Think green on Planet Blue: 3 easy ways to protect the environment while at work
With Earth Day approaching on Saturday, it’s a great opportunity to celebrate the university’s commitment to sustainability on campus and consider how each employee can contribute to the cause.
The institution offers several programs aimed at helping faculty and staff become better stewards of the environment while at work, whether in a traditional office setting or unique spaces like research labs. (Restrictions apply in some patient care settings, so check with your supervisor.)
“At U-M, we want to be the Leaders and Best in sustainability. Everyone has a role to play in making that happen,” said Barb Hagan, a U-M sustainability representative.
Become a Planet Blue Ambassador
It’s quick and easy to become a champion of the environment at U-M through the Planet Blue Ambassadors program.
By completing five five-minute modules online, any faculty, staff or student can become certified as a Planet Blue Ambassador — giving them access to a monthly e-newsletter detailing environmental programs and events on campus, and invitations to participate in green challenges, such as riding a bike to work. Ambassadors also receive a free reusable water bottle or shopping bag.
Interested? Register online by visiting the Planet Blue ambassadors website.
Designate your area as a sustainable workplace
Engage colleagues in sustainability by having your department or unit designated as a sustainable workplace. To earn the distinction, staff members must voluntarily adopt behaviors that lessen environmental impact by identifying current gaps in sustainability and implementing best practices to address them.
To get started, complete an online self-assessment of your current work environment. The assessment covers topics ranging from the types of lightbulbs used to how accessible recycling bins are in your area.
Once the questionnaire is completed, a member of the Office of Campus Sustainability will conduct a walkthrough to informally offer other suggestions. When those suggestions are adopted, the unit will receive certification and recognition on the campus sustainability website.
“Faculty and staff members who commit to creating a sustainable workplace are doing their part to reduce their impact on the environment,” Hagan said. “And if everyone at U-M does their small part, the university as a whole will make a huge impact.”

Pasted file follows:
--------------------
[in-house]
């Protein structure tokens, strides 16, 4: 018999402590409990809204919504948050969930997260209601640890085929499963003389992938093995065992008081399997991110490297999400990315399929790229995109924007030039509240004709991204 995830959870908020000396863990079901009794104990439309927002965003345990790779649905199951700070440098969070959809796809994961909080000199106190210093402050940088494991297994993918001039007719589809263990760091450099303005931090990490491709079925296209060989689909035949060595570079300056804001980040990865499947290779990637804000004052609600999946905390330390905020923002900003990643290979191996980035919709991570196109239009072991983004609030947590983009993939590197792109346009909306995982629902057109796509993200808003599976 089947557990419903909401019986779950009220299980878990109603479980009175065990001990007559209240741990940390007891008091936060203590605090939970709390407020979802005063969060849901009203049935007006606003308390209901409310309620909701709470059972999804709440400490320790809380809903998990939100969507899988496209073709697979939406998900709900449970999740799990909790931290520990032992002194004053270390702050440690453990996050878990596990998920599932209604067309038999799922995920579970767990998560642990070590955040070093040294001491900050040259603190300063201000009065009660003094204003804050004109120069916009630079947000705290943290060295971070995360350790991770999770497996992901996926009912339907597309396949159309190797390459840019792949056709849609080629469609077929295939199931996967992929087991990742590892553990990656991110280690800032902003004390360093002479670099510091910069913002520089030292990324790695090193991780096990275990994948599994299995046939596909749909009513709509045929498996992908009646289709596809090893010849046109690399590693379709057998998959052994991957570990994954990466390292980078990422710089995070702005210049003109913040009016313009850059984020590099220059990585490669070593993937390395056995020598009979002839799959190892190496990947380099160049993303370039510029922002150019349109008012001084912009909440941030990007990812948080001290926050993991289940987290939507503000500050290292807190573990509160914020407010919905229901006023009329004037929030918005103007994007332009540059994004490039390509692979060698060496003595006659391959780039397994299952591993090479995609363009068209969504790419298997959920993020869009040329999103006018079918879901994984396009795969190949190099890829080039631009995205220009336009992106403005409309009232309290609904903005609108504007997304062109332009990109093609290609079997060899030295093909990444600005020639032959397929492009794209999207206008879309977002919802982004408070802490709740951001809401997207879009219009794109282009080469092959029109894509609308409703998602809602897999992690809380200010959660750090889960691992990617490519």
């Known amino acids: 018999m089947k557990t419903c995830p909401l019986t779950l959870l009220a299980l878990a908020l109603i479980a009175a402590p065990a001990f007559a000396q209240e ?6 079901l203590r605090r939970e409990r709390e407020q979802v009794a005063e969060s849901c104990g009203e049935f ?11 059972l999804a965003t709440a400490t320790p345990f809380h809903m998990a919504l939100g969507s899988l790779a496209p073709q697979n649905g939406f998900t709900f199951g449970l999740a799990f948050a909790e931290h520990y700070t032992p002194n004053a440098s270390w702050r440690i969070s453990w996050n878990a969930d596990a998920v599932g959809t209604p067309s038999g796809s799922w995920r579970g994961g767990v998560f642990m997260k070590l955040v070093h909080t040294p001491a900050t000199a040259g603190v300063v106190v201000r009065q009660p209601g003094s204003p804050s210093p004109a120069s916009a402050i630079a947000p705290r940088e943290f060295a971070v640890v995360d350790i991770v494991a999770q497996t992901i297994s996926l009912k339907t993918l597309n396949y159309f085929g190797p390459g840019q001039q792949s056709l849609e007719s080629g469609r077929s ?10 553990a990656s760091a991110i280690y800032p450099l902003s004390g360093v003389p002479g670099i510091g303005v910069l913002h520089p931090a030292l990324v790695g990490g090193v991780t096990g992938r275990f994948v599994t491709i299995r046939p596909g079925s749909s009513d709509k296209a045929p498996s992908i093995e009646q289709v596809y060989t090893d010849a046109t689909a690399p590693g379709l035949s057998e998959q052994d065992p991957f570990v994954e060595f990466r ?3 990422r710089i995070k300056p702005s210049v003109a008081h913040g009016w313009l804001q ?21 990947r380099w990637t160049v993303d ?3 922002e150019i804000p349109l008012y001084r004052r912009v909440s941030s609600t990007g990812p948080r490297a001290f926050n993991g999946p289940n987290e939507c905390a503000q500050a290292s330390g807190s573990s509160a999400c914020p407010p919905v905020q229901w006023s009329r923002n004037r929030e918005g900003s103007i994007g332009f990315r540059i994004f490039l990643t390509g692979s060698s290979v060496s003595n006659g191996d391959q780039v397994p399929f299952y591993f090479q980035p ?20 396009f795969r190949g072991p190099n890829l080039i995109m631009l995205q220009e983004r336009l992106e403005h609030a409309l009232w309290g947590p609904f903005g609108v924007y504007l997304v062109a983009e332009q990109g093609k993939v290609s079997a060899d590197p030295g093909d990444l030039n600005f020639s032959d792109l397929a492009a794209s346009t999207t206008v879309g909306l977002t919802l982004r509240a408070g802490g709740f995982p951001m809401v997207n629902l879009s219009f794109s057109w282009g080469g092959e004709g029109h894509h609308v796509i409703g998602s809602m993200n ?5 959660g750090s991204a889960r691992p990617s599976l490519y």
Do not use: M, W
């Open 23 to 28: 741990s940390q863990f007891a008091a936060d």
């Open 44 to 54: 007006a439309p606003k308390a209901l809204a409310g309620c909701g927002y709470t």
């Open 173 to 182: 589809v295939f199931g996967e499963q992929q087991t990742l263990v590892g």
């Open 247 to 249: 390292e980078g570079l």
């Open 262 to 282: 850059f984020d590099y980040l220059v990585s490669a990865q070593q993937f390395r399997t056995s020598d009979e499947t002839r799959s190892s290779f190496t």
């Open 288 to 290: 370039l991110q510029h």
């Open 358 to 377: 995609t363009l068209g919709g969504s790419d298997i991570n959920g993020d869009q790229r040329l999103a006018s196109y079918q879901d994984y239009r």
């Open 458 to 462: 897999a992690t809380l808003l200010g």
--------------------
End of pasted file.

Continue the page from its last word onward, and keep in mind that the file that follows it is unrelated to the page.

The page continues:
Adopt sustainable lab practices
For those who carry out research, the university offers a sustainable labs program aimed at limiting pollution, utilizing green chemistry, saving energy and increasing chemical recycling.
“Every lab has a different goal for how they can become more sustainable,” said Sudhakar Reddy, Ph.D., sustainability coordinator of the program. “Some labs can substitute safer chemicals for the highly-toxic ones currently used. Others may be able to improve how they manage hazardous waste or join our ChEM Reuse program, where we collect chemicals each Friday to be recycled and used by other labs on campus.”
The labs program is similar to the sustainable workplaces program, including a self-assessment and staff visit. The Sun Laboratory in the North Campus Research Complex was recently certified as a sustainable lab and is now recognized online along with others on campus.
“The program has helped us minimize the use of energy and hazardous materials,” said Jinhui Liao, Sun lab manager. “We eliminated the use of ethidium bromide, mercury thermometers and radioactive materials. Not only do we now work in a safer workplace, but we are also helping to keep our planet clean.”
For more information on all sustainability initiatives on campus, visit the Planet Blue website.